Principle of the modulated double balanced amplifier setup. The setup measures the difference between the two input noise powers, with a ±1 factor given by the modulation.
(a) Direct amplification technique: the signal is amplified, filtered, and applied to the square law detector, measuring the sum of the noise temperature of the signal, the measurement load , and the noise temperature of the amplifier . Below is a schematic representation of the measured lock-in voltage as a function of time: the value of the lock-in voltage alternatively switches between and . The peak-peak amplitude of the detected square voltage is equal to . (b) Our setup detects and modulates the difference between the two input noises, and , that is . The lock-in voltage (schematic representation in the lower panel) is then centered on zero while its peak-peak amplitude is equal to . The standard deviation is however times larger in our setup.
(a) Schematic of the setup, as implemented in our Oxford Kelvinox 400 dilution refrigerator. (b) and (c) Pictures of the room-temperature parts of the setup.
(a) Phase difference between the two inner arms of the setup as a function of the frequency. The signals of the two arms are measured just before the second hybrid coupler. (b) Transmission between the input of the refrigerator and the two output arms of the setup (just before the square law detectors) for a positive ( + 1) and negative ( − 1) dc voltage on the modulator. The 1.5 GHz carrier is suppressed by more than 60 dB.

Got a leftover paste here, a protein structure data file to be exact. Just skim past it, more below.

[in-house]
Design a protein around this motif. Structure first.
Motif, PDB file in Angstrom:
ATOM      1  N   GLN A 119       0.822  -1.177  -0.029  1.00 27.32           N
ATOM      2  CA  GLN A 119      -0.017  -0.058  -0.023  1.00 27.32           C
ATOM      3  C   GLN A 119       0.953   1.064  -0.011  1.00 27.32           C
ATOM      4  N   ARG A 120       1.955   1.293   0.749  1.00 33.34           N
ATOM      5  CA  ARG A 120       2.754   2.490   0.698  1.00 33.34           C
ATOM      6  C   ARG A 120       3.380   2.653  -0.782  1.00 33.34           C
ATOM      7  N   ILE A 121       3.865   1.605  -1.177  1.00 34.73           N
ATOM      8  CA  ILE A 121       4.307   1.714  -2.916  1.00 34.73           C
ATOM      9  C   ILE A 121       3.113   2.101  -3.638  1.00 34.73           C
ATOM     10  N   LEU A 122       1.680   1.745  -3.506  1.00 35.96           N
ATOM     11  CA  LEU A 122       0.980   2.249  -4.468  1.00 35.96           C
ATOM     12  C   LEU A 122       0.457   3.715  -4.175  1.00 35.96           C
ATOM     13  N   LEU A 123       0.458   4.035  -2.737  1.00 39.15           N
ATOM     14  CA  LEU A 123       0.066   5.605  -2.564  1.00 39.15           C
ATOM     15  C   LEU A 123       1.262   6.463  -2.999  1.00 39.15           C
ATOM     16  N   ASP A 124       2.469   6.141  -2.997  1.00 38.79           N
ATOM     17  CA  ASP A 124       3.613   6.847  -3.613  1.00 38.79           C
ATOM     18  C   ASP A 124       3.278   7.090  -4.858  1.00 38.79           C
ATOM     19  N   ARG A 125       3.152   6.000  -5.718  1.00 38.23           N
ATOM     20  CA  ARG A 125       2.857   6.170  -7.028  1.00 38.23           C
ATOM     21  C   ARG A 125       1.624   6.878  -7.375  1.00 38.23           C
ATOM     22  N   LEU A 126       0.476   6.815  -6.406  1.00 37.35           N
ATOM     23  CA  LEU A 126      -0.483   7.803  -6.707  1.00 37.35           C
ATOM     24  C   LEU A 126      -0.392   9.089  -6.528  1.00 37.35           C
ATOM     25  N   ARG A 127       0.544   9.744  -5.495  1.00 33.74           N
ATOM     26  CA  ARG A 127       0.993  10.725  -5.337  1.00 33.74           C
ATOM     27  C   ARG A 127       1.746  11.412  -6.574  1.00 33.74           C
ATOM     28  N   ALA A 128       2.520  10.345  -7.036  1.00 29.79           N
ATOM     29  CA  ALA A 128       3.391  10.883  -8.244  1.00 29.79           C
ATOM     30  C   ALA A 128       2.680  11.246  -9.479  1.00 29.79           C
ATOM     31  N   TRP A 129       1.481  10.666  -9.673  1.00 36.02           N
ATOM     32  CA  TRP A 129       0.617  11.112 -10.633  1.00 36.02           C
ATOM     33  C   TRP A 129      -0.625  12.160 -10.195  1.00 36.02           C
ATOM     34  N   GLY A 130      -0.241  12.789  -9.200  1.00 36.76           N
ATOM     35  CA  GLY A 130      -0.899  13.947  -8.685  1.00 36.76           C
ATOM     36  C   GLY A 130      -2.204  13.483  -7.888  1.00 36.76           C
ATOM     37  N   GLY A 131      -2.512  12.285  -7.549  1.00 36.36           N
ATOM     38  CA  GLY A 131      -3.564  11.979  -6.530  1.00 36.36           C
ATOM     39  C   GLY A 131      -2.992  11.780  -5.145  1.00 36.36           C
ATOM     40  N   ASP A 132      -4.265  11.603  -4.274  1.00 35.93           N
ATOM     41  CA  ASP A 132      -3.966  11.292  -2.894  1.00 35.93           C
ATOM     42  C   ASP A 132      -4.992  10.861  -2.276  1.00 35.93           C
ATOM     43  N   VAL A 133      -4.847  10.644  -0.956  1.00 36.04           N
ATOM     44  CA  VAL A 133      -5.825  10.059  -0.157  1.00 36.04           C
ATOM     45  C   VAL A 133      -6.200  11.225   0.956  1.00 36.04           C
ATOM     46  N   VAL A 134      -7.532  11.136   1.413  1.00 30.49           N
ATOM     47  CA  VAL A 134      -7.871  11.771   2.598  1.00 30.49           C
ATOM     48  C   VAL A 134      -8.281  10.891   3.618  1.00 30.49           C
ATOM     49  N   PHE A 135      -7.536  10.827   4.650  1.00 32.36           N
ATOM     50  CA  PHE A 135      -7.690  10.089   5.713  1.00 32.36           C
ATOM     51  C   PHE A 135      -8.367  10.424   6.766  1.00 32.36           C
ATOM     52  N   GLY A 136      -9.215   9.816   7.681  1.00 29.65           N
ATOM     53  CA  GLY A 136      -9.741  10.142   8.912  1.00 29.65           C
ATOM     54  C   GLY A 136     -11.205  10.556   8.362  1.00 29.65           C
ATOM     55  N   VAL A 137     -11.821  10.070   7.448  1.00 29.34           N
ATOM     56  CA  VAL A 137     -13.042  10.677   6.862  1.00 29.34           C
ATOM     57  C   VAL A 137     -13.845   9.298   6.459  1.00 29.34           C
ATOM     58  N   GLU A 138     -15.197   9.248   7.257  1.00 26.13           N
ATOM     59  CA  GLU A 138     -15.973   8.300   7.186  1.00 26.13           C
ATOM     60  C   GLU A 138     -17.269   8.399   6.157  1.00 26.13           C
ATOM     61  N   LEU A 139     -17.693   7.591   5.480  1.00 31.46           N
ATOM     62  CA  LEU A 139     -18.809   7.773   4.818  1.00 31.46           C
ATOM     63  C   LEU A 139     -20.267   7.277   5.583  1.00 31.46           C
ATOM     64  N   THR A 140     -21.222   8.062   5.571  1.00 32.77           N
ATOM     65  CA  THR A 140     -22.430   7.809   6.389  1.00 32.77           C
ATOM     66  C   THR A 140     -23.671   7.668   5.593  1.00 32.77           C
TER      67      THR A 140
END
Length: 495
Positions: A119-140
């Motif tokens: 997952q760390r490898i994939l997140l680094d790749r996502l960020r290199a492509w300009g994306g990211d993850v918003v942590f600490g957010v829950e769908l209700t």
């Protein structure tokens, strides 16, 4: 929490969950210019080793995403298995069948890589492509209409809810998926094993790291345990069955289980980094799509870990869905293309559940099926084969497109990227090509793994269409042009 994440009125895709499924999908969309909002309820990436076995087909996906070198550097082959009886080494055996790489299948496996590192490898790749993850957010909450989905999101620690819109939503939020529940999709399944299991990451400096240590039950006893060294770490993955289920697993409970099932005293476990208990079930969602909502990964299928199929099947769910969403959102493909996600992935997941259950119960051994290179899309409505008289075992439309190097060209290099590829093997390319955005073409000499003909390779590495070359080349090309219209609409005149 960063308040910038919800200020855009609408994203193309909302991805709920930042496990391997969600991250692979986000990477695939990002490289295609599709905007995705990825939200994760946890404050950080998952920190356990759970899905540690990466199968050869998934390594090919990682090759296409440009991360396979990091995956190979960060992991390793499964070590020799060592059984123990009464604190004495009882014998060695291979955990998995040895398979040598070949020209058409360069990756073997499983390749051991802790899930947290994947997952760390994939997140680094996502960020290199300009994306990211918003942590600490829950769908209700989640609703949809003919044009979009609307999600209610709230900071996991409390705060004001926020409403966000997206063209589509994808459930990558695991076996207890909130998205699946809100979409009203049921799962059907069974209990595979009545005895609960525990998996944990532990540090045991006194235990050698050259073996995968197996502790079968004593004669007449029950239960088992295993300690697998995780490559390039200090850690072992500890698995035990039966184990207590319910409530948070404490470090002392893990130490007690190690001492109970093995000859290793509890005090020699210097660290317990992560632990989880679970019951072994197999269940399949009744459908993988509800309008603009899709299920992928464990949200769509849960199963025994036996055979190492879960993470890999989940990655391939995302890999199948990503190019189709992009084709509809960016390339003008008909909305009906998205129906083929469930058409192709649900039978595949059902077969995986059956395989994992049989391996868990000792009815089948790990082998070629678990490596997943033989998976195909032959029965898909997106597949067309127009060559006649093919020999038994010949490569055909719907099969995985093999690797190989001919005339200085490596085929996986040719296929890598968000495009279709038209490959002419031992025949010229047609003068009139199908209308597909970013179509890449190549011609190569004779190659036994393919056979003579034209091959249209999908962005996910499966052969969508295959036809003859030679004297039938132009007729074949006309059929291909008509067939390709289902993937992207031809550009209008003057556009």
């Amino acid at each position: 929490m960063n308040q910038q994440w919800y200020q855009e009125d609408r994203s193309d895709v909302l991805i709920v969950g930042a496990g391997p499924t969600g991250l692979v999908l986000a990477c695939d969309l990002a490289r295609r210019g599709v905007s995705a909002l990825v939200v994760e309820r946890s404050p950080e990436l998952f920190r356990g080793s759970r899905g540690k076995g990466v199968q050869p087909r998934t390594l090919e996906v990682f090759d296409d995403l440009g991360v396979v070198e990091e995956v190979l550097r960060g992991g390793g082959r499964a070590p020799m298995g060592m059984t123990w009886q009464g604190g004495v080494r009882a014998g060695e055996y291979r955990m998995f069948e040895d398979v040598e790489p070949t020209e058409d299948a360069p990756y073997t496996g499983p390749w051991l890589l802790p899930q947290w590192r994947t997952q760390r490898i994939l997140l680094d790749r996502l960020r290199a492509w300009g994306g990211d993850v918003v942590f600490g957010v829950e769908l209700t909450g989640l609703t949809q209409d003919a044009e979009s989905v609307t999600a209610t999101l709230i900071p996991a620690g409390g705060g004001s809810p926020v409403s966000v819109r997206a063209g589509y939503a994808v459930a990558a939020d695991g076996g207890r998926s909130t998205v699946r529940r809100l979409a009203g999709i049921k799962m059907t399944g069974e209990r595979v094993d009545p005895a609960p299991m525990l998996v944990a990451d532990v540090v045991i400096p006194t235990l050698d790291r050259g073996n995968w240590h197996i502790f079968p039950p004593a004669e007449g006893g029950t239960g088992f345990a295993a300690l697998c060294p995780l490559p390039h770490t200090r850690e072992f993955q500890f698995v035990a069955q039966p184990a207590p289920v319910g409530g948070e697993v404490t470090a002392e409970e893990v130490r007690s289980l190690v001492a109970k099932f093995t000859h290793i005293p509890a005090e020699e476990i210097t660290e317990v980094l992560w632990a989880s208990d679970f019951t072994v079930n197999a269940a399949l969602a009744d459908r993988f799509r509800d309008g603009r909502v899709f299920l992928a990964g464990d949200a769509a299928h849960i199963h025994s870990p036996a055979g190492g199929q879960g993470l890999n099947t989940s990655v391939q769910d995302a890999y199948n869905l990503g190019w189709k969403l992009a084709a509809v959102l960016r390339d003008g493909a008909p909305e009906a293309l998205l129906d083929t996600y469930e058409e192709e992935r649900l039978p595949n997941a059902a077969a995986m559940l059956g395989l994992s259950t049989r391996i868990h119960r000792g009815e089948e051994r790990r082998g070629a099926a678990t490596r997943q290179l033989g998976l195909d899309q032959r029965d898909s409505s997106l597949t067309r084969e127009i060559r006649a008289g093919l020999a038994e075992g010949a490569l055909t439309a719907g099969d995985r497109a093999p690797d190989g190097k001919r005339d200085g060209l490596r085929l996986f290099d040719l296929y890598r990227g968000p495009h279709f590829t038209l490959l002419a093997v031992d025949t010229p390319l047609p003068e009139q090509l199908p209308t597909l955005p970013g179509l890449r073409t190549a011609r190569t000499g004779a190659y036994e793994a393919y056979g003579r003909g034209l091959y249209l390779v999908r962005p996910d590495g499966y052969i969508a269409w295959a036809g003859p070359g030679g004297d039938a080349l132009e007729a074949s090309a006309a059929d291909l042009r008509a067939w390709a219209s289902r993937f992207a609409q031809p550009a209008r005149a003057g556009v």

(a) 120–50 Ω transformer line: the coplanar waveguide is built on a TMM10 substrate for low-temperature performance. The width of the center conductor is 0.66 mm for the 50 Ω port, and 0.075 mm for the 120 Ω port. (b) and (c) Pictures of the 4-microwave ports sample holder. The 50 Ω lines and the transformer lines are encased in the four sides of the sample holder. (d) Zoom on the center part of the sample holder; the size of the sample is 2 mm × 2 mm. (e) Reflection on the 50 Ω port of the two transformer lines as a function of the frequency, measured in liquid nitrogen.
Operation of the setup. (a) stability of the setup for two nonconsecutive runs: measured noise (line) and temperature of the 1 K pot (circles) as a function of time. Noise data for both graphs are measured for the same reference gate voltage of the sample . The averaging time per point is 10 s for run A, and 20 s for run B; (b) datasets obtained after subtraction of noise at the reference gate voltage  for the first points of both runs (measured at different gate voltages). The dataset for run A presents a significantly larger standard deviation due to the shorter averaging time per point.
Average ac current and noise of a single electron source measured by our setup: (a) in-phase and out-of-phase parts of the average ac current emitted by the source at f = 1.5 GHz, as a function of the gate voltage Vg controlling the coupling between the dot and the electron gas. In this case, the signal () can easily be measured in less than a second. (b) Current autocorrelations measured with our setup as a function of Vg. The error bars demonstrate that our setup is well suited for precise measurements of noise spectral densities lower than .
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